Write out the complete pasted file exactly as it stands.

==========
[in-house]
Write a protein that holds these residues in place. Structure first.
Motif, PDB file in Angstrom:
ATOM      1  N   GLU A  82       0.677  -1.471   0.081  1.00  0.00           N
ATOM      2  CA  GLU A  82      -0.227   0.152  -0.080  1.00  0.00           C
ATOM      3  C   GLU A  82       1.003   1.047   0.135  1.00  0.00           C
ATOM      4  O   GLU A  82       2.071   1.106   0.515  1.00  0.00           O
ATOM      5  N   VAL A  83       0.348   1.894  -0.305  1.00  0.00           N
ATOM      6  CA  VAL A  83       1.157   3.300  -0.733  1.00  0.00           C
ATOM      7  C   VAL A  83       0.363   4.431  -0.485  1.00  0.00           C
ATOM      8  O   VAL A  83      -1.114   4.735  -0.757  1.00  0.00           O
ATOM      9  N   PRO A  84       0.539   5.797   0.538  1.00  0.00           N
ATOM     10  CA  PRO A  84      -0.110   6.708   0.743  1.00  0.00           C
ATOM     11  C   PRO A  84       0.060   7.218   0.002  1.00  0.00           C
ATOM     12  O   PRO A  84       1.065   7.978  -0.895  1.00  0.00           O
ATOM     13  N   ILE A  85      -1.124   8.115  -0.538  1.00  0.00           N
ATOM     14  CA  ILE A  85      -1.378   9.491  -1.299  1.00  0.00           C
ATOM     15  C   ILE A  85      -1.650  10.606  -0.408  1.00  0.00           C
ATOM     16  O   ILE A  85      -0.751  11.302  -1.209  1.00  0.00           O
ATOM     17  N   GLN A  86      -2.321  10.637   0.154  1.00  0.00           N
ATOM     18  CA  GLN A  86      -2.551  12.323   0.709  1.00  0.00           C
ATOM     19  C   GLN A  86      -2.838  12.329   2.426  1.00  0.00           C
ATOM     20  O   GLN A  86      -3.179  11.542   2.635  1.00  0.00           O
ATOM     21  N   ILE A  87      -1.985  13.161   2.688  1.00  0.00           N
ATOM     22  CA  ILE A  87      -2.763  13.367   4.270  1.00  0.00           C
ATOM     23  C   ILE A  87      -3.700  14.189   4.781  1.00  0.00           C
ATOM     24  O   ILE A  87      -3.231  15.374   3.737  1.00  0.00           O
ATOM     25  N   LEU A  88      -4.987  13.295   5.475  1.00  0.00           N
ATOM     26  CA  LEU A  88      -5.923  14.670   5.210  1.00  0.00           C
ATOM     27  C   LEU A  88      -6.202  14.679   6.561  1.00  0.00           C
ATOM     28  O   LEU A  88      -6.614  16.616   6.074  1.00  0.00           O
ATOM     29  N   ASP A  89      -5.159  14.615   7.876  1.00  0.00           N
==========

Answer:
[in-house]
Write a protein that holds these residues in place. Structure first.
Motif, PDB file in Angstrom:
ATOM      1  N   GLU A  82       0.677  -1.471   0.081  1.00  0.00           N
ATOM      2  CA  GLU A  82      -0.227   0.152  -0.080  1.00  0.00           C
ATOM      3  C   GLU A  82       1.003   1.047   0.135  1.00  0.00           C
ATOM      4  O   GLU A  82       2.071   1.106   0.515  1.00  0.00           O
ATOM      5  N   VAL A  83       0.348   1.894  -0.305  1.00  0.00           N
ATOM      6  CA  VAL A  83       1.157   3.300  -0.733  1.00  0.00           C
ATOM      7  C   VAL A  83       0.363   4.431  -0.485  1.00  0.00           C
ATOM      8  O   VAL A  83      -1.114   4.735  -0.757  1.00  0.00           O
ATOM      9  N   PRO A  84       0.539   5.797   0.538  1.00  0.00           N
ATOM     10  CA  PRO A  84      -0.110   6.708   0.743  1.00  0.00           C
ATOM     11  C   PRO A  84       0.060   7.218   0.002  1.00  0.00           C
ATOM     12  O   PRO A  84       1.065   7.978  -0.895  1.00  0.00           O
ATOM     13  N   ILE A  85      -1.124   8.115  -0.538  1.00  0.00           N
ATOM     14  CA  ILE A  85      -1.378   9.491  -1.299  1.00  0.00           C
ATOM     15  C   ILE A  85      -1.650  10.606  -0.408  1.00  0.00           C
ATOM     16  O   ILE A  85      -0.751  11.302  -1.209  1.00  0.00           O
ATOM     17  N   GLN A  86      -2.321  10.637   0.154  1.00  0.00           N
ATOM     18  CA  GLN A  86      -2.551  12.323   0.709  1.00  0.00           C
ATOM     19  C   GLN A  86      -2.838  12.329   2.426  1.00  0.00           C
ATOM     20  O   GLN A  86      -3.179  11.542   2.635  1.00  0.00           O
ATOM     21  N   ILE A  87      -1.985  13.161   2.688  1.00  0.00           N
ATOM     22  CA  ILE A  87      -2.763  13.367   4.270  1.00  0.00           C
ATOM     23  C   ILE A  87      -3.700  14.189   4.781  1.00  0.00           C
ATOM     24  O   ILE A  87      -3.231  15.374   3.737  1.00  0.00           O
ATOM     25  N   LEU A  88      -4.987  13.295   5.475  1.00  0.00           N
ATOM     26  CA  LEU A  88      -5.923  14.670   5.210  1.00  0.00           C
ATOM     27  C   LEU A  88      -6.202  14.679   6.561  1.00  0.00           C
ATOM     28  O   LEU A  88      -6.614  16.616   6.074  1.00  0.00           O
ATOM     29  N   ASP A  89      -5.159  14.615   7.876  1.00  0.00           N